The huge shift in the relationship between stocks and bonds (hugely positive correlation to hugely negative) starting in the late 1990's can be seen in the chart above (the Sharpe ratio of bonds spiked when stocks crashed) and below (a shift that has been hugely beneficial for investors allocating to levered bonds to balance their stock allocation).


Taken together, the mid 1990's started what has been the Golden Age for risk parity. Instead of requiring a high Sharpe ratio in order for bonds to be added a stock allocation, the negative correlation has meant bonds have largely benefited a risk parity allocation even in periods when bonds have materially underperformed stocks.

As a reminder for those that took the CFA and have blacked out all memories, the formula for determining whether a new allocation improves a Sharpe ratio is as follows:

New asset class Sharpe ratio > Current Sharpe ratio x correlation with new asset class

This means that an allocation to bonds makes sense if the Sharpe ratio of bonds > the Sharpe ratio of Stocks x correlation. When correlations are sharply negative, there are much fewer instances when an allocation to bonds won't improve the Sharpe ratio relative to a stock only allocation (something to keep in mind for commodities even if your expected excess return to cash is 0%).

If the figure in the below chart is > 0, an allocation to bonds (at some level) improves the Sharpe ratio. Note that any notional size allocation to bonds may not improve the Sharpe (i.e. a 10% allocation may improve the Sharpe, a 50% allocation may not - see comment section for more of this discussion).



Given the added benefit of materially positive excess performance of bonds relative to cash since the mid-1990's, risk parity has been a home run (in the example below, risk parity is defined as 25% stocks and 75% bonds). These strong results since 1996 coincided with the year Bridgewater launched their All Weather iteration (hats off to Ray Dalio and his timing). As a comparison, predating the Golden Age was a ten year period from 1974-1984 when risk parity underperformed a simple stock allocation, despite an annualized bond return north of 8% (they key being cash yielded even more). Note the slope of the lines below is equal to the Sharpe ratio over each period.


And the rolling results (just look at the widening gap since 1996). Note that the Sharpe ratio for the risk parity portfolio would not change if you lever it (i.e. a 25% stock / 75% treasury allocation has the same Sharpe ratio as a 50% / 150% portfolio).




What now?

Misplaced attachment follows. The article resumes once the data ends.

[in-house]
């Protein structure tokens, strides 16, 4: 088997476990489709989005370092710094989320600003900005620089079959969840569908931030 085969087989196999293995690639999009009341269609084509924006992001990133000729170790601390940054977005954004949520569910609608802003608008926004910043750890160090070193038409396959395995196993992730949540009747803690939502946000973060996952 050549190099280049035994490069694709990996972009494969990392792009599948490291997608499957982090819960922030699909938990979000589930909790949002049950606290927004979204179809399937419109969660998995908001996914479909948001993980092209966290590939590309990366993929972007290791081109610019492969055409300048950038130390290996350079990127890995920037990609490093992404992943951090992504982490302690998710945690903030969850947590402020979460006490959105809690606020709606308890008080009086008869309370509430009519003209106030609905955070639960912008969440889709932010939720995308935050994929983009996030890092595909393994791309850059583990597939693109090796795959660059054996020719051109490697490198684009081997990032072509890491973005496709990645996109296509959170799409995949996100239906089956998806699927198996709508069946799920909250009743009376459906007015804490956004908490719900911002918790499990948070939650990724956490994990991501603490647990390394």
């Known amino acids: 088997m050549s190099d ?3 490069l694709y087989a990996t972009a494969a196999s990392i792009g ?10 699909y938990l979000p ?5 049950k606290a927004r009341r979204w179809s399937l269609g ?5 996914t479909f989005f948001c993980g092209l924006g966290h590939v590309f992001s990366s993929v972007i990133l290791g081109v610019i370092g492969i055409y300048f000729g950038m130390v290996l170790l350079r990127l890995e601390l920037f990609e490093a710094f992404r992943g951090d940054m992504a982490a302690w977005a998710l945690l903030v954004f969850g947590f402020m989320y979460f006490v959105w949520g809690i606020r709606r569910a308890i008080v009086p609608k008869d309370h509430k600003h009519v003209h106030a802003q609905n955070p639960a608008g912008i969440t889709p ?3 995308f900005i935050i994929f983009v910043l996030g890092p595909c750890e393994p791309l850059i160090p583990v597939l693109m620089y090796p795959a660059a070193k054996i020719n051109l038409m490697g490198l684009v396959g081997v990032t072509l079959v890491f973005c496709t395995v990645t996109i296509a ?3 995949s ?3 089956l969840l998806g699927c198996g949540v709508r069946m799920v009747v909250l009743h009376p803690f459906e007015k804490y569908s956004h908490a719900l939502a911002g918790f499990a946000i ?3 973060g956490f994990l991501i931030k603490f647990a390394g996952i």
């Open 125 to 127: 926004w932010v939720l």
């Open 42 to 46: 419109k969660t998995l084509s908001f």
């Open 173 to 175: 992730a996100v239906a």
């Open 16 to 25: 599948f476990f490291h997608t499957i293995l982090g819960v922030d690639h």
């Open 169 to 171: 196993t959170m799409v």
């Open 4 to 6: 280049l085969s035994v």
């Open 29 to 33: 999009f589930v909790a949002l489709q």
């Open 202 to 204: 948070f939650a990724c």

On one hand, it isn't all that difficult to outperform interest rates when they're zero. On the other hand, when interest rates do (eventually) move higher, excess returns of bonds will be impacted (treasury rates are currently VERY low per unit of duration). When interest rates do eventually back up, the relative attractiveness of stocks vs. bonds becomes smaller (that case is outlined here), resulting in a higher correlation between stocks and bonds going forward.

This would equate to a one-two punch against the 20-year Golden Age run that risk-parity has enjoyed.

Source: S&P, Barclays

Thursday, April 16, 2015

P/E Multiples vs (Past and Future) Returns and Volatility

As I outlined in my previous post The Relationship Between Stocks and Bonds, the S&P 500 yields 3.7% at the current 27 CAPE (cyclically adjusted P/E), attractive from a relative basis to the sub 2% yield of the ten-year treasury. That said, a 3.7% yield is quite low by historical standards. Below is a framework for thinking about why returns should be expected to be lower AND more volatile than their long-term average given these low yields.  



Thinking about stocks in terms of CAPE duration

While bonds, without embedded options, have a pretty well-known duration, there is much less certainty regarding the duration of stocks. That said, a framework for thinking about stocks in terms of their sensitivity to changes in their yield is informative. Stock valuations are highly sensitive to their required yield, with materially higher "stock duration" in the form of P/E multiple expansion at a lower earnings yield than at a high earnings yield. 
  • Low yield = higher "stock duration": For example... at a CAPE of 40, the "required yield" is 2.5% (1 / 2.5% = 40). This means (ignoring convexity), valuations change 40% for each 1% change in the required yield.
  • Higher yield = lower "stock duration": On the other hand at a CAPE of 10, the "required yield" is 10% (1 / 10% = 10). This means (ignoring convexity), valuations change just 10% for each 1% change in the required yield.
Like bonds, the higher the duration (in the form of CAPE), means greater price sensitivity to a move in yield, which should be expected to result in higher forward volatility as well.



Historical returns drive the required yield and CAPE duration

The chart below looks at historical 5-year annualized performance of the stock market going back 50 years, bucketed into 10 distinct groups of ending CAPE values (<4% means the ending CAPE yield was less than 4%, which aligns itself to any ending periods with a CAPE above 25). 

As the chart highlights, low stock yields (and high CAPE) have historically been the result of strong stock performance, as investors are lulled into forecasting low volatility and high returns given their recent experience, despite the poor valuations a low yield means.




The historical result of a low CAPE yield / high CAPE duration

Given the framework outlined at the beginning of this post, one would expect:
  • Low yields = low returns
  • High CAPE duration = high volatility

So... it should come as no surprise that forward returns based on a starting CAPE yield were in fact lower and risk was higher. In fact, when CAPE yields have been less than 4%, the forward average return has been only slightly above 0% or the next five years with materially higher volatility. At the current 3.7% earnings yield, investors in the S&P 500 should not only anticipate lower than normal returns, but higher volatility. Another reason to be diversified to higher "yielding" stocks abroad.